Caption: Two of the Column's ambulances. These were frequenty sponsored.
About the speaker: Emily is a military medical historian, researcher and lecturer. Her speciality is severe casualty, its infliction, treatment and long-term outcomes in 20th and 21st century warfare. She is historian in residence in the Department of Bioengineering, Imperial College, working primarily with the researchers and staff of the Centre for Injury Studies. The author of Wounded: The Long Journey Home From the Great War, her talks focus on the individual stages of the Great War casualty care continuum, from the battlefield through to eventual rehabilitation.
About the talk: The London Ambulance Column was a volunteer body quickly raised at the start of the Great War. It was tasked by the War Office with meeting the nightly train arrivals of seriously wounded soldiers (stretcher/'cot cases') at London's mainline stations and transporting them to hospitals in and around the capital for treatment. This meant that countless members of the Royal Army Medical Corps were freed up and could be deployed with their skills were more urgently need, for example, overseas at casualty clearing stations and field hospitals near the Frontline. Column members had ordinary day jobs but worked, most nights, long hours driving around the blacked out capital. They had a unique role and a unique perspective of the casualties of the war.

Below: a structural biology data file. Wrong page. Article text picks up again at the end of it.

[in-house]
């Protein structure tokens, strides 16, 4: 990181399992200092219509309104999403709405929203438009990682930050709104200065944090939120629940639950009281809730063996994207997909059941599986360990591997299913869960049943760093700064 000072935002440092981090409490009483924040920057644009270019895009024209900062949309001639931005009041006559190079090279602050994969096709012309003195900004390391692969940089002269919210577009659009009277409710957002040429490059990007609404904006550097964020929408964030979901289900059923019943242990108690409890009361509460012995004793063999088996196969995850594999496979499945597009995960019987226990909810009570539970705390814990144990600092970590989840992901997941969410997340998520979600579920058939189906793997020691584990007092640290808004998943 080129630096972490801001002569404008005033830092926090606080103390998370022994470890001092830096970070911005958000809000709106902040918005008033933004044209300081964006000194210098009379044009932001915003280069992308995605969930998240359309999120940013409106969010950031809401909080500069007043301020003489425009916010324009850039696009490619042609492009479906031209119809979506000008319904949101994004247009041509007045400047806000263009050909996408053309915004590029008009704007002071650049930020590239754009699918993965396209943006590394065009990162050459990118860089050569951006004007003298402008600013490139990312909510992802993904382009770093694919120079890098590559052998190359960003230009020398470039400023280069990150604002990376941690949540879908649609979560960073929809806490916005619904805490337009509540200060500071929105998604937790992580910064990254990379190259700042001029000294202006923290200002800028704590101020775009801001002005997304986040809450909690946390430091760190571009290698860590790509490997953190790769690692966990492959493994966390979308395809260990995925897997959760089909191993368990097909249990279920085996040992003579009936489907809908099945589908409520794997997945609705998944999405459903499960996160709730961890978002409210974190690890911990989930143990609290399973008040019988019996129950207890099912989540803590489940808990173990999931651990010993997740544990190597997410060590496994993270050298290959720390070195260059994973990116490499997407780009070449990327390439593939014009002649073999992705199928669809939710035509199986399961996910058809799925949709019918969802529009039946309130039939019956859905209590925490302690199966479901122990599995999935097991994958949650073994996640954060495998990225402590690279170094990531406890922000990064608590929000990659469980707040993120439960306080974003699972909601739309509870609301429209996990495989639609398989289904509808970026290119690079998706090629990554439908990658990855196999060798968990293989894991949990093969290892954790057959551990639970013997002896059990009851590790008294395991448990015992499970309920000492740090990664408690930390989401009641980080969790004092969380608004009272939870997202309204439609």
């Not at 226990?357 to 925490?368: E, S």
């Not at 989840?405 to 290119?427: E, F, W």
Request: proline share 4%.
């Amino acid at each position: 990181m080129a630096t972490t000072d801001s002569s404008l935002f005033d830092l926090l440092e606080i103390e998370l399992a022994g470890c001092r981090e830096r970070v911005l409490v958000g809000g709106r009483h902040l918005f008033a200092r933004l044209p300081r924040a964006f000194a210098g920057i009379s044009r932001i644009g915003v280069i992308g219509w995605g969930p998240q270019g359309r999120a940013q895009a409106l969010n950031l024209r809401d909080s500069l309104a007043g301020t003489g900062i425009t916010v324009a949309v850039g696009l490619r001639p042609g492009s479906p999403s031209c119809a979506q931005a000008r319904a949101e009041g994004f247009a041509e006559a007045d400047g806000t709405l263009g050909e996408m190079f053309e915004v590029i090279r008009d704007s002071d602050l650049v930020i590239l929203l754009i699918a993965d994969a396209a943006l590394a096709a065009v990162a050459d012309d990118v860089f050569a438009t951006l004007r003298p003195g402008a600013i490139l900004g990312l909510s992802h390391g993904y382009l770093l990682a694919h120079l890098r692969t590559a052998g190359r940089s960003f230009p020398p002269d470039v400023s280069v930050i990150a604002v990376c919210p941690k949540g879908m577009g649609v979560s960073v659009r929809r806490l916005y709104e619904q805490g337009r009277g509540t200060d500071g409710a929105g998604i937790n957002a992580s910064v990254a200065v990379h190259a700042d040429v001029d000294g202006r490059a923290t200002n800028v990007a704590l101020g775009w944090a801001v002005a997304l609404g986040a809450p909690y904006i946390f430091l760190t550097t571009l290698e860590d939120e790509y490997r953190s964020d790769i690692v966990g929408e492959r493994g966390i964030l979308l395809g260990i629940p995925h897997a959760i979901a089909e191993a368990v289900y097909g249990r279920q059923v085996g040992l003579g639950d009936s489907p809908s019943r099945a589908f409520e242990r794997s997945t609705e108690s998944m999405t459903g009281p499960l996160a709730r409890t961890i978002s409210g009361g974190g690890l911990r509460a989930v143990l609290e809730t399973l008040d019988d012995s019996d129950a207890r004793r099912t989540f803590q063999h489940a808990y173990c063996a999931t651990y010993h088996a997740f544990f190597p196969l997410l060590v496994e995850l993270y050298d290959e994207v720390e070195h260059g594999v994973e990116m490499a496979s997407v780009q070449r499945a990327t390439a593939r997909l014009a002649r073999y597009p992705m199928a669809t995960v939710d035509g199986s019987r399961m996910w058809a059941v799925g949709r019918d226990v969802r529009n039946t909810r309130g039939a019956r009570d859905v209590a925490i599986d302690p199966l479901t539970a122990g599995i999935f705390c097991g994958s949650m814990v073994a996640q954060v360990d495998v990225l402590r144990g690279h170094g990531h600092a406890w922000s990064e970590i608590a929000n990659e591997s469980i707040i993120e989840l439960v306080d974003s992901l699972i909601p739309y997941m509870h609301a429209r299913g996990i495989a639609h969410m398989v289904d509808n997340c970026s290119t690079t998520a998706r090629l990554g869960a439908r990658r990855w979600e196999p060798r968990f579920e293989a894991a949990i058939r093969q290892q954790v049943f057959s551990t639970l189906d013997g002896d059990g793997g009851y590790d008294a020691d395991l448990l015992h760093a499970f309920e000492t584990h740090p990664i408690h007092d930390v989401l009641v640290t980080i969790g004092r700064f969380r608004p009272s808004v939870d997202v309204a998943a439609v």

Caption: The Column's cap badge
Where we meet: We meet at the Royal British Legion Club, Queensway, Petts Wood, Orpington, Kent BR5 1DH. Meetings are held on the last Thursday of each month (except August and December). They start at 19:30, with the doors (and the bar) opening at 18:30. We do not charge entrance fees but do welcome donations of £5 or more towards our costs.
Getting there: The club is next to Morrison's supermarket and Petts Wood railway station. Parking at the rear of the club is free but you need to type your car registration into the machine (on the left as you enter the club). Failure to enter your registration can lead to a £50 fine. There's easy free parking in adjacent side streets.